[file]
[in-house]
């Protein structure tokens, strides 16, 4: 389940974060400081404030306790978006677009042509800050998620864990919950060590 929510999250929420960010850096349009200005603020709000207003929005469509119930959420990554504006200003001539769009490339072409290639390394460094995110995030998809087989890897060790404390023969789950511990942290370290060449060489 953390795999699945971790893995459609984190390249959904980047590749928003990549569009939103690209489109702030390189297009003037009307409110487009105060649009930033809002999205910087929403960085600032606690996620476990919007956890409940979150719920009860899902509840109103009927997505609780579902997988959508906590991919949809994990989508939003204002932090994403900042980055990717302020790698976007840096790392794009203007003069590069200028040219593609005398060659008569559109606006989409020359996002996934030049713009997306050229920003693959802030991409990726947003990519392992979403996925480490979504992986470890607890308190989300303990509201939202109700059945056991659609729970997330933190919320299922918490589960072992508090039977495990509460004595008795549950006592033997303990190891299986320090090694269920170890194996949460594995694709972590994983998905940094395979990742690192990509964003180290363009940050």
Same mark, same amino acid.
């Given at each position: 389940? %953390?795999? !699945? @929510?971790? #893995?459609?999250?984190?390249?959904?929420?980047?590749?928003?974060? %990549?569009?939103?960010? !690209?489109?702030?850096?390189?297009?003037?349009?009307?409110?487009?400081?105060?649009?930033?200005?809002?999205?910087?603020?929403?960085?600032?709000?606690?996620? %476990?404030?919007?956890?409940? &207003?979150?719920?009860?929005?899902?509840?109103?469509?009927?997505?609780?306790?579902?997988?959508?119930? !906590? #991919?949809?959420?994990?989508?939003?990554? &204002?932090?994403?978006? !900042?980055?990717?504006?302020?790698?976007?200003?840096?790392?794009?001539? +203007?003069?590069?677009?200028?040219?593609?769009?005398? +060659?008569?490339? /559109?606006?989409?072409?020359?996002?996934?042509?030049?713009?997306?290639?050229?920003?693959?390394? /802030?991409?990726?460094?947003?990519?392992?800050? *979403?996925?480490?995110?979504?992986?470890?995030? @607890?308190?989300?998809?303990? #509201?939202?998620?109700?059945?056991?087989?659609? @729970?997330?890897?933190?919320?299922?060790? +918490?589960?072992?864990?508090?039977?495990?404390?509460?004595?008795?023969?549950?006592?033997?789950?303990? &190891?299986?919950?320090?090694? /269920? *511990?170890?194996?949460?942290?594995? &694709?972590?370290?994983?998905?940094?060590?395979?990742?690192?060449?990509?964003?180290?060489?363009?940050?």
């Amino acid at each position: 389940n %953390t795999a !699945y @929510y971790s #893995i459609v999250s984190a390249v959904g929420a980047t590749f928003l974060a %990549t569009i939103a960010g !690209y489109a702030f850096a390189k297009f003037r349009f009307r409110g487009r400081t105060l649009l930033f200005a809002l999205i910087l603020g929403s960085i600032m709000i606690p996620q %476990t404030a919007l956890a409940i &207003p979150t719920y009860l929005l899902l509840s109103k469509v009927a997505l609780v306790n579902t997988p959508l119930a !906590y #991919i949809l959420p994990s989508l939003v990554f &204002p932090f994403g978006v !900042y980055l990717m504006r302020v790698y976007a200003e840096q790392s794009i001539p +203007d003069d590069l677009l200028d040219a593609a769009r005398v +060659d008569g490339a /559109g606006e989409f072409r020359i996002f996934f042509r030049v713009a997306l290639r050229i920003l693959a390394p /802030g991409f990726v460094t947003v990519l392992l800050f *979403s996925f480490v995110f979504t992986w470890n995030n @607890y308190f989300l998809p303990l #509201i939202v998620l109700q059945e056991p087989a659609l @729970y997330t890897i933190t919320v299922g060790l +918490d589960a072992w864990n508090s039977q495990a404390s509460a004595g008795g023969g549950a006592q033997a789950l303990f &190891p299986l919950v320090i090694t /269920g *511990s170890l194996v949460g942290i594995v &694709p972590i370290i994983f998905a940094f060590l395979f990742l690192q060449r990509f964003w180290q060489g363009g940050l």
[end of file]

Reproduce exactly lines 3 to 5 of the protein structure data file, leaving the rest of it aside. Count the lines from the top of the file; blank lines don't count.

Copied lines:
Same mark, same amino acid.
């Given at each position: 389940? %953390?795999? !699945? @929510?971790? #893995?459609?999250?984190?390249?959904?929420?980047?590749?928003?974060? %990549?569009?939103?960010? !690209?489109?702030?850096?390189?297009?003037?349009?009307?409110?487009?400081?105060?649009?930033?200005?809002?999205?910087?603020?929403?960085?600032?709000?606690?996620? %476990?404030?919007?956890?409940? &207003?979150?719920?009860?929005?899902?509840?109103?469509?009927?997505?609780?306790?579902?997988?959508?119930? !906590? #991919?949809?959420?994990?989508?939003?990554? &204002?932090?994403?978006? !900042?980055?990717?504006?302020?790698?976007?200003?840096?790392?794009?001539? +203007?003069?590069?677009?200028?040219?593609?769009?005398? +060659?008569?490339? /559109?606006?989409?072409?020359?996002?996934?042509?030049?713009?997306?290639?050229?920003?693959?390394? /802030?991409?990726?460094?947003?990519?392992?800050? *979403?996925?480490?995110?979504?992986?470890?995030? @607890?308190?989300?998809?303990? #509201?939202?998620?109700?059945?056991?087989?659609? @729970?997330?890897?933190?919320?299922?060790? +918490?589960?072992?864990?508090?039977?495990?404390?509460?004595?008795?023969?549950?006592?033997?789950?303990? &190891?299986?919950?320090?090694? /269920? *511990?170890?194996?949460?942290?594995? &694709?972590?370290?994983?998905?940094?060590?395979?990742?690192?060449?990509?964003?180290?060489?363009?940050?």
């Amino acid at each position: 389940n %953390t795999a !699945y @929510y971790s #893995i459609v999250s984190a390249v959904g929420a980047t590749f928003l974060a %990549t569009i939103a960010g !690209y489109a702030f850096a390189k297009f003037r349009f009307r409110g487009r400081t105060l649009l930033f200005a809002l999205i910087l603020g929403s960085i600032m709000i606690p996620q %476990t404030a919007l956890a409940i &207003p979150t719920y009860l929005l899902l509840s109103k469509v009927a997505l609780v306790n579902t997988p959508l119930a !906590y #991919i949809l959420p994990s989508l939003v990554f &204002p932090f994403g978006v !900042y980055l990717m504006r302020v790698y976007a200003e840096q790392s794009i001539p +203007d003069d590069l677009l200028d040219a593609a769009r005398v +060659d008569g490339a /559109g606006e989409f072409r020359i996002f996934f042509r030049v713009a997306l290639r050229i920003l693959a390394p /802030g991409f990726v460094t947003v990519l392992l800050f *979403s996925f480490v995110f979504t992986w470890n995030n @607890y308190f989300l998809p303990l #509201i939202v998620l109700q059945e056991p087989a659609l @729970y997330t890897i933190t919320v299922g060790l +918490d589960a072992w864990n508090s039977q495990a404390s509460a004595g008795g023969g549950a006592q033997a789950l303990f &190891p299986l919950v320090i090694t /269920g *511990s170890l194996v949460g942290i594995v &694709p972590i370290i994983f998905a940094f060590l395979f990742l690192q060449r990509f964003w180290q060489g363009g940050l």